Scripture-based study designed to help women grow closer to Christ

By Maria Wiering

Twitter: @ReviewWiering
CROWNSVILLE – “For the first time in 49 years and after Catholic School education, I am reading the Bible – really reading and trying to understand its meaning and application to my life,” the note read. “I have found a group of women who care about each other’s spiritual journey and who encourage and comfort each other when we have doubts and fears, all of which makes Christ’s presence in my life so real.”
Lisa Brenninkmeyer, 43, reads testimonials like that all the time, the fruit of a women’s Scripture study program she founded in 2008. “Walking with Purpose” is now in 37 parishes in 15 dioceses.
The program is designed to connect women’s heads to their hearts, Brenninkmeyer said.
Brenninkmeyer leads a Walking with Purpose chapter at her parish, Our Lady of the Fields in Millersville. Group leaders are mindful of creating an atmosphere where members feel welcomed and loved, she said.
A mother of seven ranging from 8 months to 19 years, Brenninkmeyer grew up in an evangelical church and converted to Catholicism before she married her husband, Leo. After their wedding, Leo’s work took the couple to Germany for five years and Mexico for five more. Lisa led Bible studies, but did not grasp “the riches that were around me” in the Catholic Church, she said.
The family moved from Mexico to Maryland, and Brenninkmeyer started leading a women’s Bible study at St. Andrew by the Bay in Annapolis in 2002. She studied the Catholic faith more intensely so she could explain church teaching, but found the women were not coming to learn theology. They were looking for a personal relationship with Jesus Christ.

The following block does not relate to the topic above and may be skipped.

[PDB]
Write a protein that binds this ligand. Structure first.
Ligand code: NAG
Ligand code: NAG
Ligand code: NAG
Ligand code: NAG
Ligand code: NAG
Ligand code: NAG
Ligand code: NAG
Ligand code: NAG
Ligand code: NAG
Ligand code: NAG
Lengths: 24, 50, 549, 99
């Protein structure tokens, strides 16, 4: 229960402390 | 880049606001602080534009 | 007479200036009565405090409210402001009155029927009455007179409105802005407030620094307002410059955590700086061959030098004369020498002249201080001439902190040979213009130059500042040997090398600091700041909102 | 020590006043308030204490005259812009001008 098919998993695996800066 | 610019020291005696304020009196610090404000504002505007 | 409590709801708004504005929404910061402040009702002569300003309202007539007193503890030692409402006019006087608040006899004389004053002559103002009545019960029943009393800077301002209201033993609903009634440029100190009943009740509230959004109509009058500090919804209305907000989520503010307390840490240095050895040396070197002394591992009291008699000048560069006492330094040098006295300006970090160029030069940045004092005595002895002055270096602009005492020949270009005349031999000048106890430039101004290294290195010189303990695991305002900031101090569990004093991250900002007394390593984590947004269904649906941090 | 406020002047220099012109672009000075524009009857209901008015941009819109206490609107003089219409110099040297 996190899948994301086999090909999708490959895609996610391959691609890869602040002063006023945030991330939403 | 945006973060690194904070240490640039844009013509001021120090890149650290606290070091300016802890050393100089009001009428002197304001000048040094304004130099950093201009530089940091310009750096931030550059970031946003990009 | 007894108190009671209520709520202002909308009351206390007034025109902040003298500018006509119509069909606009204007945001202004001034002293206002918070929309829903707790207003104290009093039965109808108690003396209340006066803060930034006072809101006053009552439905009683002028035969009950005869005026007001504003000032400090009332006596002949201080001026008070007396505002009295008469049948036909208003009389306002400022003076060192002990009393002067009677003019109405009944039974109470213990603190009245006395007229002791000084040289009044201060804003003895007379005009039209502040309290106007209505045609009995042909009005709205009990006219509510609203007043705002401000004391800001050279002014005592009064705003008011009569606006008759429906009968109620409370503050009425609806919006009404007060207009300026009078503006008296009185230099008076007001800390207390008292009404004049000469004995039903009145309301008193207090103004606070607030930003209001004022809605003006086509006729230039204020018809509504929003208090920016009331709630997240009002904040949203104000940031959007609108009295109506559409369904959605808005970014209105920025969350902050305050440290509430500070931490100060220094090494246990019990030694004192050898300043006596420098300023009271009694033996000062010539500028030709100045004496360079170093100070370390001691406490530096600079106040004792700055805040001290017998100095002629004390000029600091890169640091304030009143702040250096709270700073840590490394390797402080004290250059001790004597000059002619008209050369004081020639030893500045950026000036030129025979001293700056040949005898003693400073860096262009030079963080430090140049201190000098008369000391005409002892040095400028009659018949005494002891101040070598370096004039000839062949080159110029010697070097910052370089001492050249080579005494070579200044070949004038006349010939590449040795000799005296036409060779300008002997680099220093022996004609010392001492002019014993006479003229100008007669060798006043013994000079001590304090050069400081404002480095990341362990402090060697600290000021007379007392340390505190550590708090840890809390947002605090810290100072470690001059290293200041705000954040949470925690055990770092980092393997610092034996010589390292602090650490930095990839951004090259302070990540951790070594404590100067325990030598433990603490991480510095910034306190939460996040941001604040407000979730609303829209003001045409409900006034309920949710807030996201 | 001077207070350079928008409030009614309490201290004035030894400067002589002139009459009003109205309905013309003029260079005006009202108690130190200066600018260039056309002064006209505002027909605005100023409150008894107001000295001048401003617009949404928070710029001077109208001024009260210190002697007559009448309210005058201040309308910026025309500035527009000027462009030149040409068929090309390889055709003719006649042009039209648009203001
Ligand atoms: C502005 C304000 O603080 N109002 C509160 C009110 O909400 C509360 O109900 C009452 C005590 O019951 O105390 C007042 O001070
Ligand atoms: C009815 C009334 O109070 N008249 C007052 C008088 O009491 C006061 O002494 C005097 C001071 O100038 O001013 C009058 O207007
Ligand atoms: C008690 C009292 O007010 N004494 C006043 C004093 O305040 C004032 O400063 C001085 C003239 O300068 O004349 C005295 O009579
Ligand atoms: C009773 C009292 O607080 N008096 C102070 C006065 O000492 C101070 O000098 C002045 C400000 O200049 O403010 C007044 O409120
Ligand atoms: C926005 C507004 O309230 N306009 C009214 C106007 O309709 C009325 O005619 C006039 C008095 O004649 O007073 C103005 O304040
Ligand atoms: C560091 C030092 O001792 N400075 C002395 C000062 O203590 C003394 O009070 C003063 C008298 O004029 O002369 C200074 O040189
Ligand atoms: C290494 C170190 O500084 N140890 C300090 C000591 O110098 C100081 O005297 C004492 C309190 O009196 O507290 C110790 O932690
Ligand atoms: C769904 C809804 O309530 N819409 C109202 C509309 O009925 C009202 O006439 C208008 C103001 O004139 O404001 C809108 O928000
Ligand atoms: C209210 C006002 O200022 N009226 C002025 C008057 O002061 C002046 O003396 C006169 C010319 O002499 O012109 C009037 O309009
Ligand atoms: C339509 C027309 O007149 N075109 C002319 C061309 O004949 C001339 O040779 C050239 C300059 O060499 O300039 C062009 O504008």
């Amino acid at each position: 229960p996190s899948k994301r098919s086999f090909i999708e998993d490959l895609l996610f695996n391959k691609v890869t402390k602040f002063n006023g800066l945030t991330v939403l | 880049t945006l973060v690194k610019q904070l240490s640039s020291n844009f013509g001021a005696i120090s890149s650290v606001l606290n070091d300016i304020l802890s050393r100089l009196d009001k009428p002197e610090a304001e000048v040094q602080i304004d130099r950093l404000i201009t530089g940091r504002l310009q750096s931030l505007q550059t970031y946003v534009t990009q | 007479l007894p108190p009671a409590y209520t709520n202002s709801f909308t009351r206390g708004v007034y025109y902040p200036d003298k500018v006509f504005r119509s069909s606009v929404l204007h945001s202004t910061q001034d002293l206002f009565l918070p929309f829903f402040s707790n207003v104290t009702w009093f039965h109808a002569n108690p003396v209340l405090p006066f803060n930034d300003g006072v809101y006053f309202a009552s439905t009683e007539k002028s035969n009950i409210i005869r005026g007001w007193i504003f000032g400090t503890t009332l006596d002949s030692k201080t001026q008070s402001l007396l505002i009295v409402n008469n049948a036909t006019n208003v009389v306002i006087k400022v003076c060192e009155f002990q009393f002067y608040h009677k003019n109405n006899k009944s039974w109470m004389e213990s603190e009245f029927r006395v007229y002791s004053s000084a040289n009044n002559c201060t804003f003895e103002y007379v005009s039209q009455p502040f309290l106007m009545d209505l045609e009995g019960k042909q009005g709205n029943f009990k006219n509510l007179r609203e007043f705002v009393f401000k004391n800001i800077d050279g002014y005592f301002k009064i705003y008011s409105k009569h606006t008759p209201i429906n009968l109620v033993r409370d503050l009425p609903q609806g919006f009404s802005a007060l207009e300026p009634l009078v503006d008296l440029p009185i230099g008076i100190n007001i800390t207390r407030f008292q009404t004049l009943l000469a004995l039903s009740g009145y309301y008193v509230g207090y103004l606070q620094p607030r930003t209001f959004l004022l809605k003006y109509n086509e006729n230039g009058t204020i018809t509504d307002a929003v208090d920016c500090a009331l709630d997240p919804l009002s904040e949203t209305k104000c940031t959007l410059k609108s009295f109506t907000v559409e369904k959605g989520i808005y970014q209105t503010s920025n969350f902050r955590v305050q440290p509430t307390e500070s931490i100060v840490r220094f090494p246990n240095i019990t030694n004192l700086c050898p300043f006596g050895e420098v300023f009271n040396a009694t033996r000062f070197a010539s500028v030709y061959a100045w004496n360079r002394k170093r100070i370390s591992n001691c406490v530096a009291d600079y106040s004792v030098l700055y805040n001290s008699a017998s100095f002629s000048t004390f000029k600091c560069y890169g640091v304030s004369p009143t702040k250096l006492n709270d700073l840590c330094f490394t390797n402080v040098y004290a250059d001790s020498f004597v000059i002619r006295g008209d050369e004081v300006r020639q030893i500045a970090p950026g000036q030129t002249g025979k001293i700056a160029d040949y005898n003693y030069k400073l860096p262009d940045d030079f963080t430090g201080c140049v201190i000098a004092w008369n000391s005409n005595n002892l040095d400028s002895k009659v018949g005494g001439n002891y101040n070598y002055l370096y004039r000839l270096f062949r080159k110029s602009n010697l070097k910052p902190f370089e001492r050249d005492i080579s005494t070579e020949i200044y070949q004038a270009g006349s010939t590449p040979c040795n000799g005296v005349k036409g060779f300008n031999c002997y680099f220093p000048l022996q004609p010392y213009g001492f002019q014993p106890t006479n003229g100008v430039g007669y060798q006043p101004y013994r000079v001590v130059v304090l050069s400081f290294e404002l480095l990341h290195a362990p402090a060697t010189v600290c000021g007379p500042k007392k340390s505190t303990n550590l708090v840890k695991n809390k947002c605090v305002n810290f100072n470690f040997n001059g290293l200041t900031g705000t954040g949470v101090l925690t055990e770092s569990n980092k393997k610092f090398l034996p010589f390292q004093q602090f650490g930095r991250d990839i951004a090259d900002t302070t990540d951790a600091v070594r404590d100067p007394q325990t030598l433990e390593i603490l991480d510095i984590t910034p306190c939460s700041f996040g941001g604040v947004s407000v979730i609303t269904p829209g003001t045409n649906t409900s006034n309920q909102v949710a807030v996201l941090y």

Unsatisfied with available materials, Brenninkmeyer developed her own curriculum which emphasizes a personal relationship with Christ and the importance of growing in faith within a small-group atmosphere.
“We’ve developed this really wanting women to discover this relationship with Christ in the context of their community and their parish,” she said. “What we want is for them to get excited about their faith, and then realize ‘I’m not alone in this.’ ”
A parish in Greenwich, Conn., asked to use her materials, and the program spread to other dioceses by word-of-mouth. In November, Brenninkmeyer was honored by the Wayne, Pa.-based Catholic Leadership Institute with the Award for Outstanding Catholic Leadership.
Her program includes weekly at-home reading, small-group meetings, sharing prayer requests and a monthly “Connect Coffee” talk on a program theme. Parish leaders receive training at an annual conference, and Brenninkmeyer and Walking with Purpose board members offer them continuing support.
“We want to make sure the women coming feel cared for, and that the leaders themselves feel cared for,” she said.
The program was designed for all Catholic women, Brenninkmeyer said, but she especially hopes it attracts women whose interest in faith is wavering.
Most Catholics who leave the church simply “fade away,” she said.
“That to me shows that lack of community,” she said. “If you’ve gotten to know people, and they begin to notice that you’re fading … they call you back,” she said.
Women who participate in the program describe the relationships with God and each other as “life-changing,” and say the program has positively affected their marriages and children, Brenninkmeyer said.
Some women report it has transformed their parish, she added.
“People are getting engaged, and they’re associating this with their parish,” she said. “They want to give back since they’ve received, so it’s been a great thing for the parishes.”
Interested in starting or joining a group? Learn more at

Copyright (c) March 20, 2013

Catholic Review

The Catholic Review is the official publication of the Archdiocese of Baltimore.